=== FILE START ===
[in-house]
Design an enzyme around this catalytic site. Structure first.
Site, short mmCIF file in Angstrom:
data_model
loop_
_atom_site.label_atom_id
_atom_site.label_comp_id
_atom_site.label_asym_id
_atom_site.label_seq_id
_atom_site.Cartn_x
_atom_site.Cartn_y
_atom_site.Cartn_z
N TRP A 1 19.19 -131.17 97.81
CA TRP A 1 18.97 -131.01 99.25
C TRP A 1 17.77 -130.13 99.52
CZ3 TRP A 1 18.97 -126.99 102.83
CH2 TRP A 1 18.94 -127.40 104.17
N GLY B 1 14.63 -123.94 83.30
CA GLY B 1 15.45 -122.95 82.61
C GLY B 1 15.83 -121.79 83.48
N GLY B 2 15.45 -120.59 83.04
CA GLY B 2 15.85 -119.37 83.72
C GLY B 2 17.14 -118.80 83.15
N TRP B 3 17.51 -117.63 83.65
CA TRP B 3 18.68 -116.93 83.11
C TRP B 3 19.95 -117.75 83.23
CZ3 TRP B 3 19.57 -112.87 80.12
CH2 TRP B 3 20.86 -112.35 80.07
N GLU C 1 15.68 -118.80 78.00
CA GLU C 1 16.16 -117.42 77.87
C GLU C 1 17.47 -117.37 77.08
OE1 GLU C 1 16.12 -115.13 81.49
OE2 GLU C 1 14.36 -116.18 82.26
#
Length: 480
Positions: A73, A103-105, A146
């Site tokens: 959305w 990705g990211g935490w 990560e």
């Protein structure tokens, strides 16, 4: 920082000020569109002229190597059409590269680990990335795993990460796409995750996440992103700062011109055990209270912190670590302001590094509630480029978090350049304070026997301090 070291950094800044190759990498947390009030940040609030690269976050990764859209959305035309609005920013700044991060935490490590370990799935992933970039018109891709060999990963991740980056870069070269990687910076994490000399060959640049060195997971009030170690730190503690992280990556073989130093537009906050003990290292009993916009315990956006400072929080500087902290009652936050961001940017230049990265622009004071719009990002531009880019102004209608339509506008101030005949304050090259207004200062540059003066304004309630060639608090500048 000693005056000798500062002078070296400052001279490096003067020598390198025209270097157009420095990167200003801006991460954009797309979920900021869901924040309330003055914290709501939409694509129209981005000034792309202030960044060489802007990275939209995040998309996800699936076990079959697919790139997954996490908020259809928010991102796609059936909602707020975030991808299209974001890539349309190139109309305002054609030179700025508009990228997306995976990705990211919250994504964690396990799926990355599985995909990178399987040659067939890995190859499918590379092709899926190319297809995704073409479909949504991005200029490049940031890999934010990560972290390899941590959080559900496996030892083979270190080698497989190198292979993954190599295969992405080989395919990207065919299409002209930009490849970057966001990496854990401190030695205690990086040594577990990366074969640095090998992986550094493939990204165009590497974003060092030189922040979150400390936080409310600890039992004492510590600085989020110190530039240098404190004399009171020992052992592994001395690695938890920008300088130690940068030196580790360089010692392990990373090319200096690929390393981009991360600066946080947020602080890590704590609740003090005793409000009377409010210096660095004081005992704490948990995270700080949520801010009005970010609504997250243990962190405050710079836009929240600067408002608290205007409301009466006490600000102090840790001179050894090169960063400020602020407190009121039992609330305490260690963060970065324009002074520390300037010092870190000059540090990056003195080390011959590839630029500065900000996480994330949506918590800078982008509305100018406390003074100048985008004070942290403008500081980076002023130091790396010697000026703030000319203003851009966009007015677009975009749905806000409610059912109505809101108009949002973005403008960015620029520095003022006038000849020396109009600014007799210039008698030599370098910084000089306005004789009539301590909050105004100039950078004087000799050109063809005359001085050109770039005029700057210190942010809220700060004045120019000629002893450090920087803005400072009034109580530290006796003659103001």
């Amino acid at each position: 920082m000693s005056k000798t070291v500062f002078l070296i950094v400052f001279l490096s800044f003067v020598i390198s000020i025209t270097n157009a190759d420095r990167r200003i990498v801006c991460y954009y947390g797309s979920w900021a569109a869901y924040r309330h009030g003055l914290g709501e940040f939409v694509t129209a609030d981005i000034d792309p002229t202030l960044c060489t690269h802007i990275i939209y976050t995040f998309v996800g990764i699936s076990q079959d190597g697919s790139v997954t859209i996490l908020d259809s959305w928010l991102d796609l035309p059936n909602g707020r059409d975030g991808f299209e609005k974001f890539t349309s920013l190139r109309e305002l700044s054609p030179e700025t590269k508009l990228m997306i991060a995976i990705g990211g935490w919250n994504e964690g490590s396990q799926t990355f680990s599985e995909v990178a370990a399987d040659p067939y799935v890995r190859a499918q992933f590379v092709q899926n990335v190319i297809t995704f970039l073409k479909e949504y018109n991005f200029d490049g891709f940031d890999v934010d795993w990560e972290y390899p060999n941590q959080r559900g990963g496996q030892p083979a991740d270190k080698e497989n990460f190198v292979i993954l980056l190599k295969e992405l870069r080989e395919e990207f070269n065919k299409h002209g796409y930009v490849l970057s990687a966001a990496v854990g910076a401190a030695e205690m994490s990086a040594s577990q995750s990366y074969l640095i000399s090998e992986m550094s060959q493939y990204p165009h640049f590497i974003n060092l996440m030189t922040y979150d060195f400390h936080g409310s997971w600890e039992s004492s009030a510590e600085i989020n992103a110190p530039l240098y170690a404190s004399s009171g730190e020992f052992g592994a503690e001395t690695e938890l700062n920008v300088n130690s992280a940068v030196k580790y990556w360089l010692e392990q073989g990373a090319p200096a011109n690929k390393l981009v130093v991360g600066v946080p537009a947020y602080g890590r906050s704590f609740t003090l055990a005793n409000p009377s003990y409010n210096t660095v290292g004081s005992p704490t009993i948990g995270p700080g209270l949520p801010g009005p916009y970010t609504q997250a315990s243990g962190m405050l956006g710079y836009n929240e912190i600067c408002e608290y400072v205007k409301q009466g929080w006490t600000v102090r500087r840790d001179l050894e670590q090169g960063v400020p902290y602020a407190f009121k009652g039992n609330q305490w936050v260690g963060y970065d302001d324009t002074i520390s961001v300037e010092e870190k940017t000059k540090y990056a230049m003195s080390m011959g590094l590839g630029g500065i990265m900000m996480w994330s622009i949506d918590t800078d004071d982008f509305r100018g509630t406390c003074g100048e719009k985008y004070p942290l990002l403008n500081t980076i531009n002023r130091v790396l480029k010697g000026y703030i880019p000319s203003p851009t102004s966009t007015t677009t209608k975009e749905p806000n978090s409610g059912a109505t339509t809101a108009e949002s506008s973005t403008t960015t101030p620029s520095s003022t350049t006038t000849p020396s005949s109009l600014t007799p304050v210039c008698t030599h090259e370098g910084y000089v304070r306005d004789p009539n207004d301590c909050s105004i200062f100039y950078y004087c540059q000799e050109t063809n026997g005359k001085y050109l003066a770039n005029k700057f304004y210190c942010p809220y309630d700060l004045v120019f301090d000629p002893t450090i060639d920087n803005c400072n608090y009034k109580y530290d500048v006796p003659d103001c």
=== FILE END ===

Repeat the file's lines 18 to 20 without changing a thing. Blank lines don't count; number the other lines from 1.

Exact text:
N GLY B 1 14.63 -123.94 83.30
CA GLY B 1 15.45 -122.95 82.61
C GLY B 1 15.83 -121.79 83.48